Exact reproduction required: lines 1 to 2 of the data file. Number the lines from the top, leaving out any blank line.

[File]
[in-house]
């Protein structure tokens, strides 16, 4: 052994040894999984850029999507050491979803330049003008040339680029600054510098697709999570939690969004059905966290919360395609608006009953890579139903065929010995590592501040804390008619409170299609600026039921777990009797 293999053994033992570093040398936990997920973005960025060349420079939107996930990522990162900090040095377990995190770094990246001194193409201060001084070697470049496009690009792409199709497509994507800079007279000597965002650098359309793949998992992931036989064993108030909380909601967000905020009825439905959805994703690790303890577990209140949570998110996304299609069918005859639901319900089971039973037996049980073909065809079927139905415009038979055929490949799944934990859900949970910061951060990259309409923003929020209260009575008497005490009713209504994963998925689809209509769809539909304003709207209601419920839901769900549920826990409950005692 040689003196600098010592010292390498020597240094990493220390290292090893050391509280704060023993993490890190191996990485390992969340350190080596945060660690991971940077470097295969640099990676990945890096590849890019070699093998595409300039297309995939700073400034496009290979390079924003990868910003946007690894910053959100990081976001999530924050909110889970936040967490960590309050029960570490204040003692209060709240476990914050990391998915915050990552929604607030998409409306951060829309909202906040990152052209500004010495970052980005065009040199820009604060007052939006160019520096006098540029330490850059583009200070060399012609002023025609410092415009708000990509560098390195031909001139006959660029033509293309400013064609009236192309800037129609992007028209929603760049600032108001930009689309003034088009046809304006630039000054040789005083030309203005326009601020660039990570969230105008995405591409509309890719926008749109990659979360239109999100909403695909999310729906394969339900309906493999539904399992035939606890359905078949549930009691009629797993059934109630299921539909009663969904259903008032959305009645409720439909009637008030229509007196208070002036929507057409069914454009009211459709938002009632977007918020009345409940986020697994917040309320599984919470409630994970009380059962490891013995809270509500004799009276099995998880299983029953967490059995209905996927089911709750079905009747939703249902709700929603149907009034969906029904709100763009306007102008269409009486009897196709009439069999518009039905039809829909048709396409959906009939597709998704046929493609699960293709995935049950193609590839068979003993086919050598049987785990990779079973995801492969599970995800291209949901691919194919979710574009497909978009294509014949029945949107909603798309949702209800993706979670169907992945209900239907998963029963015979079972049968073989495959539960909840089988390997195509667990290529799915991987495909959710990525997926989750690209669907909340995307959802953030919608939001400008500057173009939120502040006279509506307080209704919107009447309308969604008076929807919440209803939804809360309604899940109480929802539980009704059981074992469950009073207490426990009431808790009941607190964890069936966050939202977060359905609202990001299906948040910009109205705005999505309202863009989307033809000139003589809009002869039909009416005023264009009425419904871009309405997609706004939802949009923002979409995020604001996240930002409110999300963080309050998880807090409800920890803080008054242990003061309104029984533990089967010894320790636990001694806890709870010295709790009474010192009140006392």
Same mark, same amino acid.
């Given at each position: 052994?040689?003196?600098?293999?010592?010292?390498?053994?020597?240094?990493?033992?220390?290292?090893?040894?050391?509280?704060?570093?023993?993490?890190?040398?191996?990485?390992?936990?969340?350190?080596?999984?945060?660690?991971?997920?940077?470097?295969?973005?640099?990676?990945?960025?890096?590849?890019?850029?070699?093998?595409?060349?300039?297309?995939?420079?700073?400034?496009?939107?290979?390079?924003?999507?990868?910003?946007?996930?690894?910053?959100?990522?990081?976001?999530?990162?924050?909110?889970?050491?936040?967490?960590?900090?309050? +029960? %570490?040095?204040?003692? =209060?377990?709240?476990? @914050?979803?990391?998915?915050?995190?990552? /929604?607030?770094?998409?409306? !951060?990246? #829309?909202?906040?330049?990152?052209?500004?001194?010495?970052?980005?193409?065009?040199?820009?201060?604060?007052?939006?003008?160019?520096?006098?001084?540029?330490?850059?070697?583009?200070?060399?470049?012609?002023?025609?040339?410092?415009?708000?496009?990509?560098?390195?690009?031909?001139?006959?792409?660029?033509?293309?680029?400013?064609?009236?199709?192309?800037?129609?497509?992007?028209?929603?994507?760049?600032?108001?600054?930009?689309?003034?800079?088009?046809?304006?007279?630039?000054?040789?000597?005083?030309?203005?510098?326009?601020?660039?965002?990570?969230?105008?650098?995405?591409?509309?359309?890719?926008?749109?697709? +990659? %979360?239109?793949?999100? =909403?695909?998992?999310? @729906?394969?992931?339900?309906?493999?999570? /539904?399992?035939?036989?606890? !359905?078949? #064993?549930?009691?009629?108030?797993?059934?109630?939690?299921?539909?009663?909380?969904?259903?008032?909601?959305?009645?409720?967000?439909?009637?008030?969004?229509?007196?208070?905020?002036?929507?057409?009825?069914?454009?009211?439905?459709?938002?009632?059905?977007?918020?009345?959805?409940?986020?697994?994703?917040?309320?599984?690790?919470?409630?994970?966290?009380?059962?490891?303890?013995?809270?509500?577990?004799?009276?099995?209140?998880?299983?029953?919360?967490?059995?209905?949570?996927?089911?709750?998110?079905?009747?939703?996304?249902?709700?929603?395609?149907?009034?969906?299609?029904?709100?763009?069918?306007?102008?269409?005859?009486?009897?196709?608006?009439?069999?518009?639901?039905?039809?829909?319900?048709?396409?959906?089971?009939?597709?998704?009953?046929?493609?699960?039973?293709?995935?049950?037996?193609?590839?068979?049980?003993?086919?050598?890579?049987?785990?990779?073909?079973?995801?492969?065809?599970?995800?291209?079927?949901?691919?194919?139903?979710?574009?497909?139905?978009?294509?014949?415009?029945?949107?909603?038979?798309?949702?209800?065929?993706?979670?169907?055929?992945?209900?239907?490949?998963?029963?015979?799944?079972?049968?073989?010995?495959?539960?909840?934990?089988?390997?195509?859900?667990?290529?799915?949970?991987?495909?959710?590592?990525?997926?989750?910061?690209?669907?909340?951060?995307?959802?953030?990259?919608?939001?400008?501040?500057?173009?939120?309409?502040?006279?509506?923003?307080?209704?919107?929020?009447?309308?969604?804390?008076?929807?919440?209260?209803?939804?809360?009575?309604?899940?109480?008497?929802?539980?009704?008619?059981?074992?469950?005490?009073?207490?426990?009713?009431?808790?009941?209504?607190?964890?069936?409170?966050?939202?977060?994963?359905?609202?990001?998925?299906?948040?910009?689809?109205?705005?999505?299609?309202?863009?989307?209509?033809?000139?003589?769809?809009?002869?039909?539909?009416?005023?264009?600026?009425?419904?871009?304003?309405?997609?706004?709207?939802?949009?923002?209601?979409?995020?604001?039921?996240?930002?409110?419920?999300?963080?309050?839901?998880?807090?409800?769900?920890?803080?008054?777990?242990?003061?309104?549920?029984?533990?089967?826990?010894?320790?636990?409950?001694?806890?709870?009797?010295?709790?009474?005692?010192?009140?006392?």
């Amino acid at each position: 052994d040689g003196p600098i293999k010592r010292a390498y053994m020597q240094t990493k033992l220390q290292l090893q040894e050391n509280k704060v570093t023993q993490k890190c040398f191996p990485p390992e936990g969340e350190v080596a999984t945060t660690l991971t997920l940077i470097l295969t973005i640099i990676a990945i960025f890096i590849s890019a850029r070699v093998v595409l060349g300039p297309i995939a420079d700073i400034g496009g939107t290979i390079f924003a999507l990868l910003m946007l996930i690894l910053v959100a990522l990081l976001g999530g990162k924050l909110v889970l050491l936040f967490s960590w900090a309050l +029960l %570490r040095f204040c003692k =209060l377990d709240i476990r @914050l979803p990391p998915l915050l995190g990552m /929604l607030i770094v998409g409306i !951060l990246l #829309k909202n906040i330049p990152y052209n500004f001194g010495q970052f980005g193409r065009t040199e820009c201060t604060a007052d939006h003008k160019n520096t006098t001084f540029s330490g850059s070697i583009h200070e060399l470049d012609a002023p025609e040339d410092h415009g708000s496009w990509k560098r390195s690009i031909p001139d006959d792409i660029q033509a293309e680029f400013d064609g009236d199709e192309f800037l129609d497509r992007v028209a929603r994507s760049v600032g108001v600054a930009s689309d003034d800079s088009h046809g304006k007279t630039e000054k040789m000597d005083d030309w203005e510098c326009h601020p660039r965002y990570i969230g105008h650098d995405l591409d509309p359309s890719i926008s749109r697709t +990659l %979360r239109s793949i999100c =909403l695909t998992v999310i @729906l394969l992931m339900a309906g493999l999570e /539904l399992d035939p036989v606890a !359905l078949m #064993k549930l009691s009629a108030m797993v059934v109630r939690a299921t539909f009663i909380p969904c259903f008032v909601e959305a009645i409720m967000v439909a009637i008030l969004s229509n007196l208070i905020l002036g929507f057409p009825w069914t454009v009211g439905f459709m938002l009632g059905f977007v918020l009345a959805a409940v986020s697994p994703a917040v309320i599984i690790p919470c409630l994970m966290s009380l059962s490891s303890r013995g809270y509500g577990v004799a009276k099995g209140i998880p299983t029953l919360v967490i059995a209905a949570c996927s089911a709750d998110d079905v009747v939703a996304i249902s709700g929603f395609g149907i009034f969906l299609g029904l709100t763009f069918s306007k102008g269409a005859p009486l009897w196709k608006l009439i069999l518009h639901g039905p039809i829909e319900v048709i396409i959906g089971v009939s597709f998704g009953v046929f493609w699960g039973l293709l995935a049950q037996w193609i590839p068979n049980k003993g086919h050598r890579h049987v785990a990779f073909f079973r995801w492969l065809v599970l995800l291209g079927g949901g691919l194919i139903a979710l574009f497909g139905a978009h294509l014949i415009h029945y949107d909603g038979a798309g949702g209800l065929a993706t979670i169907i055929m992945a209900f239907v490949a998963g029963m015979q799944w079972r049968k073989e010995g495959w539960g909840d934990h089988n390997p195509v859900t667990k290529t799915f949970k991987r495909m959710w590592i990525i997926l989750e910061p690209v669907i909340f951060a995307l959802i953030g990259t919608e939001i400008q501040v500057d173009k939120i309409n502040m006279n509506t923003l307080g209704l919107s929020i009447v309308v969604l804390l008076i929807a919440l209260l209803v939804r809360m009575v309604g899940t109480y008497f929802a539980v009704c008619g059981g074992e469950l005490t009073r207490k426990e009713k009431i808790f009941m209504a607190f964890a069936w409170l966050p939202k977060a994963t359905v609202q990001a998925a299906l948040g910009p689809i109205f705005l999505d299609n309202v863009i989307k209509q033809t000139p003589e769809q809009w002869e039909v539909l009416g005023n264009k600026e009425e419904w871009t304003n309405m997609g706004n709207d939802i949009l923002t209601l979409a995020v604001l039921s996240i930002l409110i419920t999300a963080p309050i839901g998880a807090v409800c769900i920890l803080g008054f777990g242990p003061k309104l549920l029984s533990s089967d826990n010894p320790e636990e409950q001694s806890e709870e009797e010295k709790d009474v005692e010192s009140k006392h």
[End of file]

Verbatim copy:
[in-house]
């Protein structure tokens, strides 16, 4: 052994040894999984850029999507050491979803330049003008040339680029600054510098697709999570939690969004059905966290919360395609608006009953890579139903065929010995590592501040804390008619409170299609600026039921777990009797 293999053994033992570093040398936990997920973005960025060349420079939107996930990522990162900090040095377990995190770094990246001194193409201060001084070697470049496009690009792409199709497509994507800079007279000597965002650098359309793949998992992931036989064993108030909380909601967000905020009825439905959805994703690790303890577990209140949570998110996304299609069918005859639901319900089971039973037996049980073909065809079927139905415009038979055929490949799944934990859900949970910061951060990259309409923003929020209260009575008497005490009713209504994963998925689809209509769809539909304003709207209601419920839901769900549920826990409950005692 040689003196600098010592010292390498020597240094990493220390290292090893050391509280704060023993993490890190191996990485390992969340350190080596945060660690991971940077470097295969640099990676990945890096590849890019070699093998595409300039297309995939700073400034496009290979390079924003990868910003946007690894910053959100990081976001999530924050909110889970936040967490960590309050029960570490204040003692209060709240476990914050990391998915915050990552929604607030998409409306951060829309909202906040990152052209500004010495970052980005065009040199820009604060007052939006160019520096006098540029330490850059583009200070060399012609002023025609410092415009708000990509560098390195031909001139006959660029033509293309400013064609009236192309800037129609992007028209929603760049600032108001930009689309003034088009046809304006630039000054040789005083030309203005326009601020660039990570969230105008995405591409509309890719926008749109990659979360239109999100909403695909999310729906394969339900309906493999539904399992035939606890359905078949549930009691009629797993059934109630299921539909009663969904259903008032959305009645409720439909009637008030229509007196208070002036929507057409069914454009009211459709938002009632977007918020009345409940986020697994917040309320599984919470409630994970009380059962490891013995809270509500004799009276099995998880299983029953967490059995209905996927089911709750079905009747939703249902709700929603149907009034969906029904709100763009306007102008269409009486009897196709009439069999518009039905039809829909048709396409959906009939597709998704046929493609699960293709995935049950193609590839068979003993086919050598049987785990990779079973995801492969599970995800291209949901691919194919979710574009497909978009294509014949029945949107909603798309949702209800993706979670169907992945209900239907998963029963015979079972049968073989495959539960909840089988390997195509667990290529799915991987495909959710990525997926989750690209669907909340995307959802953030919608939001400008500057173009939120502040006279509506307080209704919107009447309308969604008076929807919440209803939804809360309604899940109480929802539980009704059981074992469950009073207490426990009431808790009941607190964890069936966050939202977060359905609202990001299906948040910009109205705005999505309202863009989307033809000139003589809009002869039909009416005023264009009425419904871009309405997609706004939802949009923002979409995020604001996240930002409110999300963080309050998880807090409800920890803080008054242990003061309104029984533990089967010894320790636990001694806890709870010295709790009474010192009140006392």